The Poem of Empedocles: The Text and Translation
Brad Inwood, Empedocles
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This revised edition of The Poem of Empedocles (1992) integrates substantial new material from a recently discovered papyrus and published by A. Martin and O. Primavesi. The papyrus contains evidence of over seventy lines or part lines of poetry, of which more than fifty are both new and usable. The integration of this material into the previously known fragments has significant impact on our understanding of Empedocles, one of the most influential philosophers and poets of antiquity.
This volume provides the reader with the fullest and most accessible set of evidence for the doctrines and poetic achievement of this Presocratic philosopher. The Greek text of the fragments (with English facing page translation) has been revised to include the new material; textual notes have also been enhanced. The revised introduction orients the reader to the study of Empedocles and assesses the significance of the new material. The new papyrus fragments shed some light on the controversial question of the number of poems and provide new insight into the relationship between human beings and the material components we are composed of and into the reasons for our incarnation. Most important, the new fragments yield further confirmation that eschatological and cosmological themes were inextricably interconnected in Empedocles' philosophical poetry.
to Parmenidean standards of permanence. I see no reason to doubt that love and strife are meant to be corporeal, just as the four so-called material elements are: see line 20. 67 See CTXT-19b, where Simplicius shows himself aware that in some respects love and strife are just like the roots and that in others they are not. See too A33a for the doctrine that love and strife are distinct from the roots: the former are called principle-powers and the latter are called elements; also A32. 68 But see
wide range of uncertainty about their interpretation. In 137/147 there is a promise of life with 'the other immortals,' sharing their hearth and table. It is probable that 'other' here does not mean that the person who is to share the life of the immortals is himself immortal, for a common128 use of 'other' (aAAo?) is to refer to something distinct from the first thing mentioned, which does not share its characteristics. The most familiar instance of this is in the Odyssey, 6.84, where it is said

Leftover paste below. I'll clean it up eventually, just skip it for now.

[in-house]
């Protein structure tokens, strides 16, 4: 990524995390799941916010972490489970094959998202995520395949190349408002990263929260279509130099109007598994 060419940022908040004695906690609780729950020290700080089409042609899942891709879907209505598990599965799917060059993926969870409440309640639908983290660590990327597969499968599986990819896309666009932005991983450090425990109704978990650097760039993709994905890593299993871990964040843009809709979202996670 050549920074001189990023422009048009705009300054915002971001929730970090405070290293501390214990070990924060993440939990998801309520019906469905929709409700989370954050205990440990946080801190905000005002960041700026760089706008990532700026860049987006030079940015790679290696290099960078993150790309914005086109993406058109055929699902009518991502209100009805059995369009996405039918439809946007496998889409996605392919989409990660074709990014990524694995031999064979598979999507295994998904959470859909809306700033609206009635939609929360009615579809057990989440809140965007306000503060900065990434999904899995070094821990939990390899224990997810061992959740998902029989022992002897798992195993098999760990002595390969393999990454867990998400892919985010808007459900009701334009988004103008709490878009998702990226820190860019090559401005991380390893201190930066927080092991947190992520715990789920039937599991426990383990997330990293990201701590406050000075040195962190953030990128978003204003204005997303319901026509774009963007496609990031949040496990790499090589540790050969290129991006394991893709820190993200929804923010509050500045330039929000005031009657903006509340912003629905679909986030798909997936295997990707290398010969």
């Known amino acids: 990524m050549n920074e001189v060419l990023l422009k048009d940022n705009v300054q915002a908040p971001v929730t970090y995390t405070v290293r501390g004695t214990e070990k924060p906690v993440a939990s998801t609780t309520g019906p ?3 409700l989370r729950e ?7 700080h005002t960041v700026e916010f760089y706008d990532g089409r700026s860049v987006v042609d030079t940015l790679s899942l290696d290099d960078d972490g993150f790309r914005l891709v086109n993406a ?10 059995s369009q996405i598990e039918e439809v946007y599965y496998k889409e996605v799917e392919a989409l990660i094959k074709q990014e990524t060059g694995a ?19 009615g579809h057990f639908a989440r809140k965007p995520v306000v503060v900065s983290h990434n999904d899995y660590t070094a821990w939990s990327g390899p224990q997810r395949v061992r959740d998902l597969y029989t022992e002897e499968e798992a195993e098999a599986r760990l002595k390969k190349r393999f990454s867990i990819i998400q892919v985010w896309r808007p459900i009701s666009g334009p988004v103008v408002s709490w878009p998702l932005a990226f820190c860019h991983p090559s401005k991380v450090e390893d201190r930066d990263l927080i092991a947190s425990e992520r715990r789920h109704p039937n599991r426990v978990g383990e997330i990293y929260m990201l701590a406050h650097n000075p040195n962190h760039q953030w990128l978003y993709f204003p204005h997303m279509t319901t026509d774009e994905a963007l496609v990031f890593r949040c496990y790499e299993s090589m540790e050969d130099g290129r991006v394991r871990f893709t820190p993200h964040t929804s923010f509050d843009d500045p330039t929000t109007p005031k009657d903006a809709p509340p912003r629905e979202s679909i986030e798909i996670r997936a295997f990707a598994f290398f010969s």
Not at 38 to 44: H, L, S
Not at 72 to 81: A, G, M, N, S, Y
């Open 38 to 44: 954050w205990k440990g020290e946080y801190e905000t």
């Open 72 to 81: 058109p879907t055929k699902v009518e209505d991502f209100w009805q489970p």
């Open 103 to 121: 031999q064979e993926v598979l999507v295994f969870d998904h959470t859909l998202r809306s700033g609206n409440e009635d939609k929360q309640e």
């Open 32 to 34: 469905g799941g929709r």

218, discussing Politics 1.8 1256bl5-22). Such an overall teleology of the natural world is familiar, defensible (on certain assumptions, few of which Empedocles shared), and interesting. But it is much less compelling than the claim that teleological explanation is essential in understanding the growth and development of each organism in its own right and that is the guise which Aristotle's teleology most often and typically takes on in his text. 72 The Poem of Empedocles the case of animal
his hands, wanting to confirm the opinion that he was a god. When he was an old man he hurled himself into a crater of fire at night so that his body would not be found. And so he died, his sandal being cast out by the fire. He was also called the 'wind-stopper' because when a great wind attacked the city of Acragas he drove it out, by surrounding the city with asses' hides. Gorgias of Leontini, the public speaker, was his student. And he wrote in epic verse two books12 about the nature of things
DOCTRINE A28 a) Aristotle Metaphysics 1.3, 984a8-ll. Empedocles [gave as the first cause] the four elements, adding earth as a fourth to those already mentioned [i.e. water, air, and fire]. For these always persist and do not come into being, except in respect to manyness or fewness, since they are combined into a unity and separated out of a unity. b) Simplicius, Commentary on Aristotle's Physics CIAG 9, 25.21-26.4. See CTXT-19b (follows A7). A29 Plato Sophist 242c-e. It seems to me that each